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Case References

Style of causeRatio

Popov v Hayashi, 2002 WL 31833731, (Cal Superior Ct)

There are three criteria of possession:
** 1 -the object must be lost or abandoned
** 2 -intention to control to the exclusion of others
** 3 -actual physical control
*** If #2 and #3 are met, but actual physical control is prevented by an illegal act, courts may find a pre-possessory right based on equity.
*** physical control may also vary by context, the community of practice, and the object itself.

Pierson v Post (1805), 3 Cai R 175, 2 Am Dec 264 (NY)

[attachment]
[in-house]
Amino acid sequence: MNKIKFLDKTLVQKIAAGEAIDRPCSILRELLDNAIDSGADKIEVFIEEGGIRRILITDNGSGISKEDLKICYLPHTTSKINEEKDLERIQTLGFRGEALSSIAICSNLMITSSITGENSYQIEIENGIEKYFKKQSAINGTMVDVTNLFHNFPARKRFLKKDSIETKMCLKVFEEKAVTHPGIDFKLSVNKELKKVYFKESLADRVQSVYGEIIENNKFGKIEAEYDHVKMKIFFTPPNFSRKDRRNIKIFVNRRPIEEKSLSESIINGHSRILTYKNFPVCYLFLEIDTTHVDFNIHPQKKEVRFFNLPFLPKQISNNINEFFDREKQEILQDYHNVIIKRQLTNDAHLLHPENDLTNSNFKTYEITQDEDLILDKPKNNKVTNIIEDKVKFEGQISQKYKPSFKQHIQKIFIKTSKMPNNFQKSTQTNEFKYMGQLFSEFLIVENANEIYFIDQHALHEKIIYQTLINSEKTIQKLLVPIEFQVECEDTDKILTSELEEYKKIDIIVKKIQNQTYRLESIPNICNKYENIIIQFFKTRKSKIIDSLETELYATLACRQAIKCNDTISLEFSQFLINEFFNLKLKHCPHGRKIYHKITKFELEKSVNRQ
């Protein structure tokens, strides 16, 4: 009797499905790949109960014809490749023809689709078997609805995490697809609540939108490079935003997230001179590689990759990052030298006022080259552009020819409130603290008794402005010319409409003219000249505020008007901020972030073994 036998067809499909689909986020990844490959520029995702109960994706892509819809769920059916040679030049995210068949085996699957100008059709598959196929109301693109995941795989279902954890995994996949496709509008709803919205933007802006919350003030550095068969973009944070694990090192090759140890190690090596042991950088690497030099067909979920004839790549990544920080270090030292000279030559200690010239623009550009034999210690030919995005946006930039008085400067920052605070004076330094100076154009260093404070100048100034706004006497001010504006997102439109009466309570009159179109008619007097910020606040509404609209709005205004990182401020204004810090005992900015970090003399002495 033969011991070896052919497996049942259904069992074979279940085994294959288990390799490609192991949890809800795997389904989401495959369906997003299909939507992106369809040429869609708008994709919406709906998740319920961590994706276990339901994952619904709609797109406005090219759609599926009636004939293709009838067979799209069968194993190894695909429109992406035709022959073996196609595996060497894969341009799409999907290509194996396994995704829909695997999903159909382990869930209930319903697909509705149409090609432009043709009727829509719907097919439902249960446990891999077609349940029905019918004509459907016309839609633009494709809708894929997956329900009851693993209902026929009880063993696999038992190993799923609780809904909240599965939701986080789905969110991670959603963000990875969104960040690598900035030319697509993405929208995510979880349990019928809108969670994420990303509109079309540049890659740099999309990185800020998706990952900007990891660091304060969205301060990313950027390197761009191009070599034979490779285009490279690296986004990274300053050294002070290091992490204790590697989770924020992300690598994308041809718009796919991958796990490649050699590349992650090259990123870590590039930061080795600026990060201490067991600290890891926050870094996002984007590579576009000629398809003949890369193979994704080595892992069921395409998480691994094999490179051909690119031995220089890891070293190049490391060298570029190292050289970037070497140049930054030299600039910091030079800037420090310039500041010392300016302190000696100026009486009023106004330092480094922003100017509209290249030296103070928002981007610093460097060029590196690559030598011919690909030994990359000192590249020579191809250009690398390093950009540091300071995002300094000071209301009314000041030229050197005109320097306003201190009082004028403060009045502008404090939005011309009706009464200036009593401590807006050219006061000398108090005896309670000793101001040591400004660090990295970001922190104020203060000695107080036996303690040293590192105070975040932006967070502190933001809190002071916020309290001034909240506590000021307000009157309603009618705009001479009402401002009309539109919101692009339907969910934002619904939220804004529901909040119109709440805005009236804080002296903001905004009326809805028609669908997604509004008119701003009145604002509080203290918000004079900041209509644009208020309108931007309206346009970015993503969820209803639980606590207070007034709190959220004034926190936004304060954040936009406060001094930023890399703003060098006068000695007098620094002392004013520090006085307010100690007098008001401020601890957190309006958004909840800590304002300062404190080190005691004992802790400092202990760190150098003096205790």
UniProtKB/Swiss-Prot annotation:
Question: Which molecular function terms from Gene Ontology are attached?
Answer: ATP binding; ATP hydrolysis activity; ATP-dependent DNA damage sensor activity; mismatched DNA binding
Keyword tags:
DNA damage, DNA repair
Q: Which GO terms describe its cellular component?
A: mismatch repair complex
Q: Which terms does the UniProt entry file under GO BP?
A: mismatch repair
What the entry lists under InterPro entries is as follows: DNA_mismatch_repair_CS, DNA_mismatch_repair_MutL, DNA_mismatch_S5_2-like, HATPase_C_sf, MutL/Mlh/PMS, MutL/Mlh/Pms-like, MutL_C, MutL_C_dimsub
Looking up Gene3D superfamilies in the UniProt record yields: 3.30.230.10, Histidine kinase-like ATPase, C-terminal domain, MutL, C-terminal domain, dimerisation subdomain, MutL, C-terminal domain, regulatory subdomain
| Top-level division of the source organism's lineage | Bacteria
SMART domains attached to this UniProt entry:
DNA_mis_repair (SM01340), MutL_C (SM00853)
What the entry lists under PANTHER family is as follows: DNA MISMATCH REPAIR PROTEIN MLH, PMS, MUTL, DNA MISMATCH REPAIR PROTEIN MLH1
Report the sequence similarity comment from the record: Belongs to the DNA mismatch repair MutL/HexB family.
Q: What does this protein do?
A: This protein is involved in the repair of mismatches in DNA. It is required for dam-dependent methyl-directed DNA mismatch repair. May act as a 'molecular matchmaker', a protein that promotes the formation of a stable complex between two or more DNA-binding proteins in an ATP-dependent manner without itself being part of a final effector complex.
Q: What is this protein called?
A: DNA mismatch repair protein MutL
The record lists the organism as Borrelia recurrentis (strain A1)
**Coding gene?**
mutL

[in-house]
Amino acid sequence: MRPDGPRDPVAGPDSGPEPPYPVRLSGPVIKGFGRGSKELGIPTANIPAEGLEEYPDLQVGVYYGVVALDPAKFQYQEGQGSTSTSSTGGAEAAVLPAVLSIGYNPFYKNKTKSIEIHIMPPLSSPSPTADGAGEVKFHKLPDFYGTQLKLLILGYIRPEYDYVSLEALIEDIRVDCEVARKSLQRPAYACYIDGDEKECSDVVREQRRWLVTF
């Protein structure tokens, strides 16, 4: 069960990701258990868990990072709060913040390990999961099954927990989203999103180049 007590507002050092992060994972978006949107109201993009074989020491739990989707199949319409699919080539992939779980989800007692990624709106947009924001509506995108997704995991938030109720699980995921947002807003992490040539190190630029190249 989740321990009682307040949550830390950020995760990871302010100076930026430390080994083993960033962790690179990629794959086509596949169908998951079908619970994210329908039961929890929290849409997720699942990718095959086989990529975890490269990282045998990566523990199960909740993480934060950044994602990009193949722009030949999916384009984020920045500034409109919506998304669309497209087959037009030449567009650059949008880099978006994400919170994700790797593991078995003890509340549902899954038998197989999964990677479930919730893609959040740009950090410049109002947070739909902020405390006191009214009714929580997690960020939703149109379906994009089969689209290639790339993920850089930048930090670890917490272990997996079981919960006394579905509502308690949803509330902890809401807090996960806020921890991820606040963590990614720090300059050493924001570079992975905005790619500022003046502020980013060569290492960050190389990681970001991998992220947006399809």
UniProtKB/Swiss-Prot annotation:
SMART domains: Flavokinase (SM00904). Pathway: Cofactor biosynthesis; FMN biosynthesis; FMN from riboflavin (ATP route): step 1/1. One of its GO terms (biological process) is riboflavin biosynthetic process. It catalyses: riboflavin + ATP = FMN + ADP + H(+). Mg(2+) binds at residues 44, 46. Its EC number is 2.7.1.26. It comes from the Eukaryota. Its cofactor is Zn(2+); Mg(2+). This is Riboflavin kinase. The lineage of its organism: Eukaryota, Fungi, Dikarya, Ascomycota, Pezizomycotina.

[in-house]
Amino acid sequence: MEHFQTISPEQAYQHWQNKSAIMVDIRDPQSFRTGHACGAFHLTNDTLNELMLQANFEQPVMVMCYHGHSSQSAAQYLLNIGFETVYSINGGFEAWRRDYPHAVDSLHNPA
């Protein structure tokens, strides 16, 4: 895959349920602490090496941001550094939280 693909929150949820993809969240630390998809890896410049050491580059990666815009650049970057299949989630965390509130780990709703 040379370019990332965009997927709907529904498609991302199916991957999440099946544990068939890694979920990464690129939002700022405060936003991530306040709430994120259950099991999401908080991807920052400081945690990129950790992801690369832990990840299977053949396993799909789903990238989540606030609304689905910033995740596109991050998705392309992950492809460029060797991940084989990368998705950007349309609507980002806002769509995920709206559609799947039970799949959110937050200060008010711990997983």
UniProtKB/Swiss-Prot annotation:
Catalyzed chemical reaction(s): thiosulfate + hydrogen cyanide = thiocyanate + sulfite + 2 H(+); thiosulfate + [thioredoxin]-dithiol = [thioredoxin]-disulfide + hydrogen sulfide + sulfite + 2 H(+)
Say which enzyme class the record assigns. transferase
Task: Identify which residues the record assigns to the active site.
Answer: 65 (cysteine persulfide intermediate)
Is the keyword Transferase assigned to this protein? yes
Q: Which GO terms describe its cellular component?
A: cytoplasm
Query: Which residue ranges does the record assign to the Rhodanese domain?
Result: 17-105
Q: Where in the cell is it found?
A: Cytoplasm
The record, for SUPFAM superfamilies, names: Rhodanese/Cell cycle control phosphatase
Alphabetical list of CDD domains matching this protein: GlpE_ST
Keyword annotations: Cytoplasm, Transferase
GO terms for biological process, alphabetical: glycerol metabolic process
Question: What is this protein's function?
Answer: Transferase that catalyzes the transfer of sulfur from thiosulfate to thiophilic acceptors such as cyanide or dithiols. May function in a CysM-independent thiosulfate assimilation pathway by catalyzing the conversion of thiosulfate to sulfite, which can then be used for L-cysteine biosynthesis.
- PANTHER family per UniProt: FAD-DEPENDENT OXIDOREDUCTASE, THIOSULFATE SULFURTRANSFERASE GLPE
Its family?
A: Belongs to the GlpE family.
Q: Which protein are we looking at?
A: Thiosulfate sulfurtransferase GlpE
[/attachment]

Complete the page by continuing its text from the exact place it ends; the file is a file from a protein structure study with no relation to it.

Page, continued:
Possession requires that a person have sufficient control over the object. Control does not necessarily mean "complete dominion." Rather, control is subject to the particular context and type of property:
** Mere pursuit of an wild animal does not constitute a legal right to it.
** To acquire possession, the person must mortally wound the animal.

The Tubantia [1924] P 78, [1924] All ER 615

Possession requires that a person have sufficient control over the object. Control does not necessarily mean "complete dominion." Rather, control is subject to the particular context and type of property:
** Physically demarcating the area under which a wreck is found, accessing the wreck and sending in an exploration team constitutes sufficient possession in the case of a sunken shipwreck


This Property Law decision tree identifies how to analyse a basic possession problem. The diagram is primarily based on Popov v Hayashi. Other cases considered include: Pierson v Post; and The Tubantia.




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